Social networks are growing more popular and, as a result, government organizations are considering passing new laws to protect consumer information. This development could negatively affect marketers trying to reach consumers. How much will restrictive legislation change the nature of online advertising? Two academic researchers recently published their findings on this topic after they studied the changes in privacy laws made in the European Union.
These researchers surveyed over 3.3 million users and studied their behavior as they were exposed to 9,596 display ad campaigns. In general, the findings were as follows:
- When marketers are restricted from behaviorally targeting consumers, purchase intent is significantly affected.
- Web sites that are general purpose, such as news sites, experienced a bigger drop in effectively influencing purchasers once behavioral targeting was enacted.
- A higher loss of influence was also associated with small ads and ads that lacked interactive features once behavioral targeting was enacted.
The researchers also attempted to quantify the dollar impact on U.S. marketers if behavioral targeting is restricted. Goldfarb and Tucker, the study’s authors, say that such restriction is 65% effective. In dollar terms this means that marketers who now spend $8 billion on display advertising would have to spend up to $22 billion to achieve the same reach they’re currently getting from display. Goldfarb and Tucker called these projections a worst-case scenario and suggest that marketers and content sites would likely find other ways to advertising online.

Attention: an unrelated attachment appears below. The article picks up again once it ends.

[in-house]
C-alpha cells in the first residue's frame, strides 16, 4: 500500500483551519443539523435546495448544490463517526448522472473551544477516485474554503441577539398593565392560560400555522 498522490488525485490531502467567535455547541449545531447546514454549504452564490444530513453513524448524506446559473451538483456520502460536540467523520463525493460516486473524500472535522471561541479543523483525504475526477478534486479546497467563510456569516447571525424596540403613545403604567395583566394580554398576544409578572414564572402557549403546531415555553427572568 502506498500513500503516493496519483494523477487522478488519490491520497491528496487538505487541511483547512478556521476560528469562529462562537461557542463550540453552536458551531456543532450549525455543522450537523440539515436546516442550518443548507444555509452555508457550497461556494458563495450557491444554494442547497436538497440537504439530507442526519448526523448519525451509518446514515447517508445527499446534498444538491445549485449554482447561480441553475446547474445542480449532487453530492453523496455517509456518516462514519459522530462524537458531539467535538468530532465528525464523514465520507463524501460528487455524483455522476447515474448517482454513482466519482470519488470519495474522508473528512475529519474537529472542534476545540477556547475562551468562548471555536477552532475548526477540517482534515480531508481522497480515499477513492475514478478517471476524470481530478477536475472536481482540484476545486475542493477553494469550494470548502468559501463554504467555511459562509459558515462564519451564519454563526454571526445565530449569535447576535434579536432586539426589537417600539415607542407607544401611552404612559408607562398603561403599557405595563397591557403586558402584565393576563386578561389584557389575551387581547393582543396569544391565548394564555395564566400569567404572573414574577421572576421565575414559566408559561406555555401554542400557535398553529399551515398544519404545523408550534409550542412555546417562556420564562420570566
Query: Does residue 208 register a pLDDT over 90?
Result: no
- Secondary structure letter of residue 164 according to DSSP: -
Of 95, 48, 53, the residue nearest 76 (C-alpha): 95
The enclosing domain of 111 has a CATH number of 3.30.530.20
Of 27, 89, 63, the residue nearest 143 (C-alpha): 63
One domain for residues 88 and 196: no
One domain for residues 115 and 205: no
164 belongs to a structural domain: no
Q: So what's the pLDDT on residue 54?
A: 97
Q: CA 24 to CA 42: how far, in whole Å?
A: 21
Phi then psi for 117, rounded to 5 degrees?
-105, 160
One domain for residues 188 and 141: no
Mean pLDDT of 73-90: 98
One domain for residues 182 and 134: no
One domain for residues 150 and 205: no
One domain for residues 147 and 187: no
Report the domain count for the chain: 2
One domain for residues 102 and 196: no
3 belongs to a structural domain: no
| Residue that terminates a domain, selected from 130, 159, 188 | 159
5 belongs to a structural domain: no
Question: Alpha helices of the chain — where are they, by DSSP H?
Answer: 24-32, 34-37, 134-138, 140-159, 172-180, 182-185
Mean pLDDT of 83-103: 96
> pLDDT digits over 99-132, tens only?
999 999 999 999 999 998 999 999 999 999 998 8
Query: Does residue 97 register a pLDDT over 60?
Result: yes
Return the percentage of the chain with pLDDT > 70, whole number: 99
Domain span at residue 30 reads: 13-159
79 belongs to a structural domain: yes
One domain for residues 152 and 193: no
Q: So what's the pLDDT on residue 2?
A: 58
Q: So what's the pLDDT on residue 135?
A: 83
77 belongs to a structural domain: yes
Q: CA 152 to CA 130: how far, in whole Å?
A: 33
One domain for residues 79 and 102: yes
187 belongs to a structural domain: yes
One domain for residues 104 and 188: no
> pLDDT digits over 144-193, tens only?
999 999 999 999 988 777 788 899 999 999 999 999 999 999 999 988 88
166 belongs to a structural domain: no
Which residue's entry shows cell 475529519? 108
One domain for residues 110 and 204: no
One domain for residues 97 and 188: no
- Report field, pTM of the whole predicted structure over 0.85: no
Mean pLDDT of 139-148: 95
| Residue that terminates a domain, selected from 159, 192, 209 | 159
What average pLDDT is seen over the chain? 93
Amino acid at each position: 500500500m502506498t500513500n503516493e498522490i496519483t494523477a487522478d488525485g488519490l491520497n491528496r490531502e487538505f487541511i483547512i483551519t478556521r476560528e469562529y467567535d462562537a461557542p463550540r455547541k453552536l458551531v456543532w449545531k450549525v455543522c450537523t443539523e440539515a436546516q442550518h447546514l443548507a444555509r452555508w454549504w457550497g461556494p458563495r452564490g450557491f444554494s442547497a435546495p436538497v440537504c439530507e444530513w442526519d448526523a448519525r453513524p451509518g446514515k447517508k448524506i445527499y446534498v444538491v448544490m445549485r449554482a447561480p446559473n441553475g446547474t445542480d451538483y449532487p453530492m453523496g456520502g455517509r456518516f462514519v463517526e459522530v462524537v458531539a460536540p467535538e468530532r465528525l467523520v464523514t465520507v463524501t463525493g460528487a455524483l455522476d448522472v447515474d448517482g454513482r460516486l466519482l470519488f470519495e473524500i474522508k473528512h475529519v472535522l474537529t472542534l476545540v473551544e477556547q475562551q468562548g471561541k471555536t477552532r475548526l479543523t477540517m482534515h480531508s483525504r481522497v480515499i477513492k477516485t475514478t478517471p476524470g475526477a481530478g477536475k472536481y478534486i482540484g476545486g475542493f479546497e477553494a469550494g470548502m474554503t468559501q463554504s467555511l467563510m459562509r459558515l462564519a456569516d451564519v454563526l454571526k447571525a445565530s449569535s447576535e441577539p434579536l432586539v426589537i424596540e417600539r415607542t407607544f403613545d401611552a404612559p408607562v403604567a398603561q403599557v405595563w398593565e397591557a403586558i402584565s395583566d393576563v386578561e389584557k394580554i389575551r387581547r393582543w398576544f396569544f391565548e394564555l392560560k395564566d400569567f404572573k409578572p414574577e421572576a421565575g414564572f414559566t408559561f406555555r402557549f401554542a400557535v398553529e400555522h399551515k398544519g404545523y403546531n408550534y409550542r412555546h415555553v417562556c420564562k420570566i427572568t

However, the potential restriction on online advertising looms large on the political landscape. And the about-face move taken by Facebook last month in an attempt to appease its user community suggests that social networks and online marketers shouldn’t assume that they can play fast and loose with consumers’ personal information. Expect marketers to closely watch the national discussion on this topic.[Source: Privacy Regulation and Online Advertising. Goldfarb and Tucker. University of Toronto and MIT Sloan School of Management. May 2010. Web. 1 Jun. 2010]